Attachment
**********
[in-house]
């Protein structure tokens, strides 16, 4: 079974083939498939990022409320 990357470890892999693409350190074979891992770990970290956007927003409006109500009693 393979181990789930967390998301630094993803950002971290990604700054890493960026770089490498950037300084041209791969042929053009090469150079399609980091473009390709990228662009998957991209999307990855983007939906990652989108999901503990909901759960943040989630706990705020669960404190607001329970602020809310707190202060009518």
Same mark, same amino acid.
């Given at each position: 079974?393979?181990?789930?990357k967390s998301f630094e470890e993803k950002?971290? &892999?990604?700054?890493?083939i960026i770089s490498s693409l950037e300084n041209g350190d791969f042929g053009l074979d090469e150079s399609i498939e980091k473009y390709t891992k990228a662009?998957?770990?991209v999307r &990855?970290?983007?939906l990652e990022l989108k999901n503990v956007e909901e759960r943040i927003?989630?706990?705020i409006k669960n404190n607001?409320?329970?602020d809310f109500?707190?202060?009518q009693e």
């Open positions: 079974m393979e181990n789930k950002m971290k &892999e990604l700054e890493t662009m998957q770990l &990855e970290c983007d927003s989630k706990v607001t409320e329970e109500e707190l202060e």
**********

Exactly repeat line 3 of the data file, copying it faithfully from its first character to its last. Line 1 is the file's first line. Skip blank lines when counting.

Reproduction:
Same mark, same amino acid.